The impact of L2 self-efficacy beliefs on a Chinese international student’s learning approaches



Research that has explored changes in Chinese international students’ approaches to learning in Anglophone countries has tended to highlight the role of either conceptions of learning or new learning environments in shaping these changes. In contrast, little research has been done on how such changes occur within individual students. In this qualitative case study, we address this imbalance. Using data from classroom observations and semi-structured interviews, we explore in-depth how a Chinese law student, negotiating academic and linguistic challenges, moved from a surface to a deep learning approach. This student’s self-efficacy beliefs and mindset played a pivotal role in shaping his learning approaches in a second language environment. Pedagogical implications concerning the set-up of EAP programmes to support international students are highlighted.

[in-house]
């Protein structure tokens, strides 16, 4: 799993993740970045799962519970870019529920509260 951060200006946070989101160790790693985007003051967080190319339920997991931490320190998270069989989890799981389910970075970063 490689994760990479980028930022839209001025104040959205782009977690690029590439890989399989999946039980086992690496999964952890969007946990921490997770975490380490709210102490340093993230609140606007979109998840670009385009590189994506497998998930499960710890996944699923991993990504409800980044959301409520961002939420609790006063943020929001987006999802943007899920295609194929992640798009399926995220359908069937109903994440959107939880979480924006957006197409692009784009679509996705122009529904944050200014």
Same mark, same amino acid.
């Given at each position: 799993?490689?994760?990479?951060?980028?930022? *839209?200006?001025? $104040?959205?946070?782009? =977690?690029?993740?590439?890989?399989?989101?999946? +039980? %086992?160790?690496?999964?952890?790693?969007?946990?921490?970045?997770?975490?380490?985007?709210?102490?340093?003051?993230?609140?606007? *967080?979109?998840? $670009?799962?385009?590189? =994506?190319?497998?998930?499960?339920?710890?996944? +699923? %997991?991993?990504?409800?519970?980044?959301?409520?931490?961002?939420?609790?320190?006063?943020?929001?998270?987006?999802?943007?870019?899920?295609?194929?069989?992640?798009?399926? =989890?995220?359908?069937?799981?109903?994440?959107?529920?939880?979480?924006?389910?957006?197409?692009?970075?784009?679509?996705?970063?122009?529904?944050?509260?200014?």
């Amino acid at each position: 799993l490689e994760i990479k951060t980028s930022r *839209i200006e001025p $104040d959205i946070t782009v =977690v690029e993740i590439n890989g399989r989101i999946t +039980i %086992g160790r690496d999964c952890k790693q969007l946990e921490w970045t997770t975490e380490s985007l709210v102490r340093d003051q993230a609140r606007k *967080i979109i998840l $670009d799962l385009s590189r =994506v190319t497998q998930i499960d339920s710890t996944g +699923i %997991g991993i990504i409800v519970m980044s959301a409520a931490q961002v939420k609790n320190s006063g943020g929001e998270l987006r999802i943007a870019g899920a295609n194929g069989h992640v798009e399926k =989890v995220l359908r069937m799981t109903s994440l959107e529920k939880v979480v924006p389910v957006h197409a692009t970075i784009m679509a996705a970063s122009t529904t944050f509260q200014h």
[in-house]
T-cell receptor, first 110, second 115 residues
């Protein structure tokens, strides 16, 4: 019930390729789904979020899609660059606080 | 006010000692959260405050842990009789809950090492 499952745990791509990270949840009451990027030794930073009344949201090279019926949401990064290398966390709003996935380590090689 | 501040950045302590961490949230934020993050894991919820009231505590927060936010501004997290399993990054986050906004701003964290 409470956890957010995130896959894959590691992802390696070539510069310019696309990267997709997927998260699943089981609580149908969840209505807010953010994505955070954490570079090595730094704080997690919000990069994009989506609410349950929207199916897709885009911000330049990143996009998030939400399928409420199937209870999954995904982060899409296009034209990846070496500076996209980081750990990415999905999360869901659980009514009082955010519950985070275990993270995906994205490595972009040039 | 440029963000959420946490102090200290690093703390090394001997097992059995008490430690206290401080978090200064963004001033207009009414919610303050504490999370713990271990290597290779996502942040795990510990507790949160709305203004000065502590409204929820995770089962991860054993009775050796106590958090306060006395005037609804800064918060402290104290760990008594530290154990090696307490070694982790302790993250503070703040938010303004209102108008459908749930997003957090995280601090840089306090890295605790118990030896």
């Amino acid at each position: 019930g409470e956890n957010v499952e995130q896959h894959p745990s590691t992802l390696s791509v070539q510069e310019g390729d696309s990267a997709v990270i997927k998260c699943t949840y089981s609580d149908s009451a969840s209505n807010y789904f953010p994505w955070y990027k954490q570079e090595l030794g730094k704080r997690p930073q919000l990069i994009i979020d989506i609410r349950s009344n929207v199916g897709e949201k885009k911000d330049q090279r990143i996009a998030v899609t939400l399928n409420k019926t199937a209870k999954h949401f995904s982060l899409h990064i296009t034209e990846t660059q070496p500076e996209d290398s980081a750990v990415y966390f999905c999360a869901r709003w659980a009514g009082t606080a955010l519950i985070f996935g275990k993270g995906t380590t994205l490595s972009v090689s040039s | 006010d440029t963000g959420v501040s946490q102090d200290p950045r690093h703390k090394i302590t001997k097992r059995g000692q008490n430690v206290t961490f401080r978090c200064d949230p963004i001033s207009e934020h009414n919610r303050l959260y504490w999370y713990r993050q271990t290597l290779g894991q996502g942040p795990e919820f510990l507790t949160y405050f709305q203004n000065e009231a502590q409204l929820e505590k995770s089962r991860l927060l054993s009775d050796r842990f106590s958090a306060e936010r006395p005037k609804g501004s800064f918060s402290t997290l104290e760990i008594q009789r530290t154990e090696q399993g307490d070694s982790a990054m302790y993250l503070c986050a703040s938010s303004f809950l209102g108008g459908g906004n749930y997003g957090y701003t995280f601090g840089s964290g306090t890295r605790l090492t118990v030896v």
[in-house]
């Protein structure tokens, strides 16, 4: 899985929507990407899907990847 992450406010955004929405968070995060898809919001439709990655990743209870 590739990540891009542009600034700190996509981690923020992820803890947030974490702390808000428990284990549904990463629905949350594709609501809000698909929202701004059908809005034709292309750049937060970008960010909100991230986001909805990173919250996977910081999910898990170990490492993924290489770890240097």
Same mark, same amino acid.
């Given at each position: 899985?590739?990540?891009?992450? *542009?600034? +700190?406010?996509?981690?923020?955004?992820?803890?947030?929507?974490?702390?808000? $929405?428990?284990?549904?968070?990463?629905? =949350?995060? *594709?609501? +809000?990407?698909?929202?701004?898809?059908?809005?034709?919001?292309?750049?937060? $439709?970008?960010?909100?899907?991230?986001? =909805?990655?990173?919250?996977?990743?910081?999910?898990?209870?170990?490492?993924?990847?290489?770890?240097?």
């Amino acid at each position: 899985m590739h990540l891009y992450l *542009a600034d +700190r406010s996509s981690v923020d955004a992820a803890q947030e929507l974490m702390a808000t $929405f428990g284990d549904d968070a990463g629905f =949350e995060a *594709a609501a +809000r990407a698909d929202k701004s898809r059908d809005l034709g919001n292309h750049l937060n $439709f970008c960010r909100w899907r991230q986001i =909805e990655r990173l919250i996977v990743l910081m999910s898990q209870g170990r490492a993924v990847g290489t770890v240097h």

Author Biographies

Hua Yu, School of Languages & Applied Linguistics, The University of Portsmouth, UK

Dr Hua Yu is a language teacher who has taught English in China and the UK. Her research interests include EFL and EAP teaching, students’ self-beliefs, mindsets, and approaches to learning. She is a Fellow of the HEA. 


Mark Wyatt, Department of English, Khalifa University of Science and Technology, Abu Dhabi, United Arab Emirates

Dr Mark Wyatt is associate professor of English at Khalifa University in the UAE. He previously worked for the universities of Leeds and Portsmouth. His research interests include language teachers’ self-efficacy beliefs, teacher cognition, teacher motivation and practitioner research, and he has published widely in these areas.




How to Cite

Yu, H., & Wyatt, M. (2022). The impact of L2 self-efficacy beliefs on a Chinese international student’s learning approaches. Journal of Academic Language and Learning, 16(1), 17–34. Retrieved from



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